1971 and a family of collaborators

By Salmaan H

Note from the author: The story is about a “Bihari” family, so it needs to be framed such that it doesn’t get assimilated in condoning the war by Pakistan or used to equate, as Eqbal Ahmed put it, “the actions of Bengali vigilantes with those of the government and the criminal acts of an organized, professional army. In any case, the army could not provide lasting security for them. In fact, it did not even intervene to stop their massacres which went on for three weeks while the Generals sought extra-parliamentary deals with the politicians. Saving civilian lives was not the motive behind the army’s vast repressions. Furthermore, unequal bartering of brutalities is not a function of responsible government. And criminality is not a commercial proposition: one cannot deposit the crimes of one into the account of another. The very fact that the military regime sought justifications for its behavior by referring to the excesses of the Awami League and the aroused Bengali masses was a measure of the steep decline in the civic standards of our army and civil services.”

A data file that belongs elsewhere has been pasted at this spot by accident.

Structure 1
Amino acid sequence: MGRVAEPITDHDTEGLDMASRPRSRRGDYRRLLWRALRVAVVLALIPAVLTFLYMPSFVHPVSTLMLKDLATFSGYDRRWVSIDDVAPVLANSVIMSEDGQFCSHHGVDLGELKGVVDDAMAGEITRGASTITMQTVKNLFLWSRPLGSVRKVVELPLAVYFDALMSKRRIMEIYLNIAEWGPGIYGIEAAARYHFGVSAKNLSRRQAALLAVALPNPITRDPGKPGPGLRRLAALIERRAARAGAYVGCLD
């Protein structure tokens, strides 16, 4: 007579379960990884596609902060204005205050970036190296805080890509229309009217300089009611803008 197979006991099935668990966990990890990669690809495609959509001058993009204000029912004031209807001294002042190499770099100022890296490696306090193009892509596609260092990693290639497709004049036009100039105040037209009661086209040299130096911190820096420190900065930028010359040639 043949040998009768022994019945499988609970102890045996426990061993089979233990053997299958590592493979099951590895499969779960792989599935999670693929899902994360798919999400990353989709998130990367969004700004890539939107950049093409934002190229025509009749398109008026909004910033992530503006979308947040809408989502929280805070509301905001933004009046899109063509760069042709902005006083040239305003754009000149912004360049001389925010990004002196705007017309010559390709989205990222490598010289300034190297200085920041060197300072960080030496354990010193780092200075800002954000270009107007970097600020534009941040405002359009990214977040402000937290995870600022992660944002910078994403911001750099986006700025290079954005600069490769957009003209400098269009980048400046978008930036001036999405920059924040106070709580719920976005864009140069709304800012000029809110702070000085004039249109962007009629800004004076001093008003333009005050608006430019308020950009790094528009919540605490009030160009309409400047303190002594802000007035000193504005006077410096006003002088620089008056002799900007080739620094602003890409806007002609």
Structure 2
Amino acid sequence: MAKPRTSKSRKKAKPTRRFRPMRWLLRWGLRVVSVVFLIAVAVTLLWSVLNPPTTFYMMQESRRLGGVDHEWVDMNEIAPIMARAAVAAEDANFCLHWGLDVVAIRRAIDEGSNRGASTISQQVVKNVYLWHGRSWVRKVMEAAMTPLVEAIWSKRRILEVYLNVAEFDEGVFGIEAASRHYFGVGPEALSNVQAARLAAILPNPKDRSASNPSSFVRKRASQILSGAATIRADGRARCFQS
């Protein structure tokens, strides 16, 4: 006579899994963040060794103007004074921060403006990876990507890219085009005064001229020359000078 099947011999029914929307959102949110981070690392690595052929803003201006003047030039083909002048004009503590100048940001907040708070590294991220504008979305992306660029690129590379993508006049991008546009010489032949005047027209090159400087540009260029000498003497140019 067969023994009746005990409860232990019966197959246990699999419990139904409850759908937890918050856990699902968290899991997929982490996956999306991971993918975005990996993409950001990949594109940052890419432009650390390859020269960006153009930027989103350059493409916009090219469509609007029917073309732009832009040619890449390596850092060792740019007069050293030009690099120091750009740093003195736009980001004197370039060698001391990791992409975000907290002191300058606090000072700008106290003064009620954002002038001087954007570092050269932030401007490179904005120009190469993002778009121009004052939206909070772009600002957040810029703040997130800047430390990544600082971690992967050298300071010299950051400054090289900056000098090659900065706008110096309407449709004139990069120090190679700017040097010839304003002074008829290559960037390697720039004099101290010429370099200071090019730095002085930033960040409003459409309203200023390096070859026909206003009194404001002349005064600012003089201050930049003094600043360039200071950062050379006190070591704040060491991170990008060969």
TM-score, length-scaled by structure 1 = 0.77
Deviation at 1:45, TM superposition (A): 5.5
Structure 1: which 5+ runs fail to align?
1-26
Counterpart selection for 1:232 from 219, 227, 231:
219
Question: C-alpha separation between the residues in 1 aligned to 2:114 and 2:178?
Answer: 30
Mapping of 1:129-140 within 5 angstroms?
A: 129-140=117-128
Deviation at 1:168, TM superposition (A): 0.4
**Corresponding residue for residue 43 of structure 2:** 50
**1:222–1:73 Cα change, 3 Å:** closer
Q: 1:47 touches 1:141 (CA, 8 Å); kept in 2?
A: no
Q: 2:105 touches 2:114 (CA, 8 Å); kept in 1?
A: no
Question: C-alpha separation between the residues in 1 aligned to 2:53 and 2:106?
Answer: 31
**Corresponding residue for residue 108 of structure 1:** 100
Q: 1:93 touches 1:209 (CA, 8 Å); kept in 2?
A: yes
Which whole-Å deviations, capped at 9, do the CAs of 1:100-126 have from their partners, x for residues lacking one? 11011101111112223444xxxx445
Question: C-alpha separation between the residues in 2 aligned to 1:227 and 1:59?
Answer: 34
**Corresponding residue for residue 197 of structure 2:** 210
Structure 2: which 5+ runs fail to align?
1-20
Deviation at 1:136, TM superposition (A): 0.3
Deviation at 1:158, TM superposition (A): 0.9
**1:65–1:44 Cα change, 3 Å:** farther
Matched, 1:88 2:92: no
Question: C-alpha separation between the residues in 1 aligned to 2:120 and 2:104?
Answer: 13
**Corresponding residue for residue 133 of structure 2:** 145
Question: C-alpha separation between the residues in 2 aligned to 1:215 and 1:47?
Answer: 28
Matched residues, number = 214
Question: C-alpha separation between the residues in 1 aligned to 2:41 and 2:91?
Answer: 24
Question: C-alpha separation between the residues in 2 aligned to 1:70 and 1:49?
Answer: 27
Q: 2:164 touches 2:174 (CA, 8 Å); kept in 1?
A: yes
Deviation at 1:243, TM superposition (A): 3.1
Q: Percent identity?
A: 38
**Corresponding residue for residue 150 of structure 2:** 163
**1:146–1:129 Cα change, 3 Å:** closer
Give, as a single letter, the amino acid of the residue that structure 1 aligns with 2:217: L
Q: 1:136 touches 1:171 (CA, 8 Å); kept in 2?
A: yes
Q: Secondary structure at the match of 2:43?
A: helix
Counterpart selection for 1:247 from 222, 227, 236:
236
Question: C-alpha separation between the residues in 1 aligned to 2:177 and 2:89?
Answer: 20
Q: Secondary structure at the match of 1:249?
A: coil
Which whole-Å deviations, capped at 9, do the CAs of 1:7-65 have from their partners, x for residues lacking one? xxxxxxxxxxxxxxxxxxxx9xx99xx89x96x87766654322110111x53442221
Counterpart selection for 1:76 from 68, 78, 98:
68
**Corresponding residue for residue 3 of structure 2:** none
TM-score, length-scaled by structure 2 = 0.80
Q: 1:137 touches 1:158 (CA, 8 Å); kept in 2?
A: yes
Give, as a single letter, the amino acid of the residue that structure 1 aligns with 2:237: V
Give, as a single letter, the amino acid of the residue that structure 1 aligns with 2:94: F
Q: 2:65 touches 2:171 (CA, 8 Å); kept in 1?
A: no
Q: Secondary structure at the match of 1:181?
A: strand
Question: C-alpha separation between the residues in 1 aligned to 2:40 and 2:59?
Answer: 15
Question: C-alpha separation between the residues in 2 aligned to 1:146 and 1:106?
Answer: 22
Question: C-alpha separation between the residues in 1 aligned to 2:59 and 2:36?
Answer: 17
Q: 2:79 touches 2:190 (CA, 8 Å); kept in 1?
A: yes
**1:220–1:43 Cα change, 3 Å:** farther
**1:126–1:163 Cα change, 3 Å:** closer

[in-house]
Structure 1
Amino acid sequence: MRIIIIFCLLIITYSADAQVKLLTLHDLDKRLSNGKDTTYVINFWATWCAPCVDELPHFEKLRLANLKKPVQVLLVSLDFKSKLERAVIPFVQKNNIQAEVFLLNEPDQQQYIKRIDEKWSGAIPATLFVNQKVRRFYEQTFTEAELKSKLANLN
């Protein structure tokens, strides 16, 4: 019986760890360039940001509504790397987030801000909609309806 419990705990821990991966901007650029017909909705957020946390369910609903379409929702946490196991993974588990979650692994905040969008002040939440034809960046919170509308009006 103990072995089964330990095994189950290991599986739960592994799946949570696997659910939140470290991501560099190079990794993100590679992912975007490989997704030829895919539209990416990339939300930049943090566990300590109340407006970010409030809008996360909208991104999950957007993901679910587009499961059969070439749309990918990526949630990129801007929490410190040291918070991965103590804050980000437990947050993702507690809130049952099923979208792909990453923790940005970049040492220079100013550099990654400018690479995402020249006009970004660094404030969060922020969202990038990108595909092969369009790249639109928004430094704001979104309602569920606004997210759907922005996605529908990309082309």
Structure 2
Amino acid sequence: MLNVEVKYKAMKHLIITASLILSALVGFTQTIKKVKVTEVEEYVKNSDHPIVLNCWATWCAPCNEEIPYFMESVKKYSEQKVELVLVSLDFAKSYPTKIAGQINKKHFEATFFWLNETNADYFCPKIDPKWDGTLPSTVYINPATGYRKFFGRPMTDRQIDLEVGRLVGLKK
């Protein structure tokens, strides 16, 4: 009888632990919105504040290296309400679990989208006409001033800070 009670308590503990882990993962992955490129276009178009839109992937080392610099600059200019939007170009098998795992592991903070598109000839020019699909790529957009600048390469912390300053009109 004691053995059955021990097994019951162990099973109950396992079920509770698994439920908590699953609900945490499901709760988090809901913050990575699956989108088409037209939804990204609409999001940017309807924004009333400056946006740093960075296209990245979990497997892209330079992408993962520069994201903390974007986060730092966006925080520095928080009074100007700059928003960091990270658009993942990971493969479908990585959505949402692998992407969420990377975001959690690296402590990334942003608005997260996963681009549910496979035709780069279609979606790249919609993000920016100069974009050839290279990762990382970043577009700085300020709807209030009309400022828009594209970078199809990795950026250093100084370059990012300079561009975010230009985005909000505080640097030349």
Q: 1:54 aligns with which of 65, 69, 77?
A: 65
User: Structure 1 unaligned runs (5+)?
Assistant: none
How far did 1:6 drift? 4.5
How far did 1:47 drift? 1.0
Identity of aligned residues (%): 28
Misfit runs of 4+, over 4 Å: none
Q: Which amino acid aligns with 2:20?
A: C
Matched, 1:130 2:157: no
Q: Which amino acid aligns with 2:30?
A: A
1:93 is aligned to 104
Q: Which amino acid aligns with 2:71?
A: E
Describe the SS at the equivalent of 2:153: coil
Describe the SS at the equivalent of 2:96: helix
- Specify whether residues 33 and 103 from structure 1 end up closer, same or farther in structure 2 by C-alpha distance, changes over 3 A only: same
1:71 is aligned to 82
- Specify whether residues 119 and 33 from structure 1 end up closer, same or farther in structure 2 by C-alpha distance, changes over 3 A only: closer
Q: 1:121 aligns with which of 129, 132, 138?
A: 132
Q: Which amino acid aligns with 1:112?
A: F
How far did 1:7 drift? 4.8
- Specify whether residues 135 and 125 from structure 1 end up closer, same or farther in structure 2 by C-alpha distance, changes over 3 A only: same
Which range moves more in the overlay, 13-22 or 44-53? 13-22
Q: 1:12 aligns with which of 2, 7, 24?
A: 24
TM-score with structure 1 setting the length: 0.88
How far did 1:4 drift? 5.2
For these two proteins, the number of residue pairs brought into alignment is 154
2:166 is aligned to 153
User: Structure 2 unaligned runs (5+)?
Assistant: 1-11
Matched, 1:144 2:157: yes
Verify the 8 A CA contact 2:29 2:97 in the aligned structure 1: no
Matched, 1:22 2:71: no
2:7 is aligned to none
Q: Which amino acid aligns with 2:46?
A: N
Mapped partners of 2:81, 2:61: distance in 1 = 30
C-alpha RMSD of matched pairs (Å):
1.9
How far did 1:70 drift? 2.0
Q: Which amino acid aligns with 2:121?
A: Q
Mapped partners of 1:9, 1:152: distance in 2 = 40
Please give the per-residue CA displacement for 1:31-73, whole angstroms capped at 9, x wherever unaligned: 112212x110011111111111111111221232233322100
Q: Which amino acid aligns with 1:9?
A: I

First, read this excellent interview with Syed Ashfaqul Haque. Reading this interview reminded me of the story my uncle shared with me this weekend.

My uncle is from Indore, Madhya Pradesh, India. He moved to Pakistan upon marrying my aunt. Most of his family is in India. He told me about what befell his sister’s family in Bangladesh. According to my uncle, Mukti bahini  came to his sister’s home, roughed up her husband and fired shots at their house. Then a few days later, a grenade was thrown into her house, killing her daughter (shrapnel wound to the head) and son. My uncle’s sister and one of her daughters (with permanent damage to her hand) survived. Her husband was kidnapped, never returned, and was presumed dead. My uncle holds Mukti bahini responsible.

I didn’t find an opportune time to ask my uncle if his brother-in-law was from W. Pakistan and an active collaborator or just a pro-Pakistan Bangali, or perceived as such. This is one of the several stories of 1971, and is not a denial of what Pakistani soldiers/militia-men or other pro-Pakistan forces/groups/people did, and is perhaps of most value if seen within that context. Not all collaborators or those that were perceived as such went home scot-free.


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